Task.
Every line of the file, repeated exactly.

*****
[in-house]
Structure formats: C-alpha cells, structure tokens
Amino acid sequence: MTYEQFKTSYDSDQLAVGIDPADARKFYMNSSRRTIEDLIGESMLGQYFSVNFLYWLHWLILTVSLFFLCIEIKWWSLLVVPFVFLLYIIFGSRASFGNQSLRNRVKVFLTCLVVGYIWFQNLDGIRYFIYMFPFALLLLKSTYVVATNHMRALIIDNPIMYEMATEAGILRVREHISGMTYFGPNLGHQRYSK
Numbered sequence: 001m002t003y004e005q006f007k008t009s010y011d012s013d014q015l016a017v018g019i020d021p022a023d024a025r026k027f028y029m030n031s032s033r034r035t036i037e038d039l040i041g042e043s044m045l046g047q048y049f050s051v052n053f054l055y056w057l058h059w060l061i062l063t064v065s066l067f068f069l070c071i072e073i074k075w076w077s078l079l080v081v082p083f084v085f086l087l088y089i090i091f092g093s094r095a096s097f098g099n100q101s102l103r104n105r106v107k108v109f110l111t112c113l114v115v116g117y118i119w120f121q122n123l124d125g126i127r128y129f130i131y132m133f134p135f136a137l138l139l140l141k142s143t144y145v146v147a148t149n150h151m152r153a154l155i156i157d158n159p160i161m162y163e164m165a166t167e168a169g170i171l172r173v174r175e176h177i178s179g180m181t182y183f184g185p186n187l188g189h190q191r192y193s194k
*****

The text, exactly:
[in-house]
Structure formats: C-alpha cells, structure tokens
Amino acid sequence: MTYEQFKTSYDSDQLAVGIDPADARKFYMNSSRRTIEDLIGESMLGQYFSVNFLYWLHWLILTVSLFFLCIEIKWWSLLVVPFVFLLYIIFGSRASFGNQSLRNRVKVFLTCLVVGYIWFQNLDGIRYFIYMFPFALLLLKSTYVVATNHMRALIIDNPIMYEMATEAGILRVREHISGMTYFGPNLGHQRYSK
Numbered sequence: 001m002t003y004e005q006f007k008t009s010y011d012s013d014q015l016a017v018g019i020d021p022a023d024a025r026k027f028y029m030n031s032s033r034r035t036i037e038d039l040i041g042e043s044m045l046g047q048y049f050s051v052n053f054l055y056w057l058h059w060l061i062l063t064v065s066l067f068f069l070c071i072e073i074k075w076w077s078l079l080v081v082p083f084v085f086l087l088y089i090i091f092g093s094r095a096s097f098g099n100q101s102l103r104n105r106v107k108v109f110l111t112c113l114v115v116g117y118i119w120f121q122n123l124d125g126i127r128y129f130i131y132m133f134p135f136a137l138l139l140l141k142s143t144y145v146v147a148t149n150h151m152r153a154l155i156i157d158n159p160i161m162y163e164m165a166t167e168a169g170i171l172r173v174r175e176h177i178s179g180m181t182y183f184g185p186n187l188g189h190q191r192y193s194k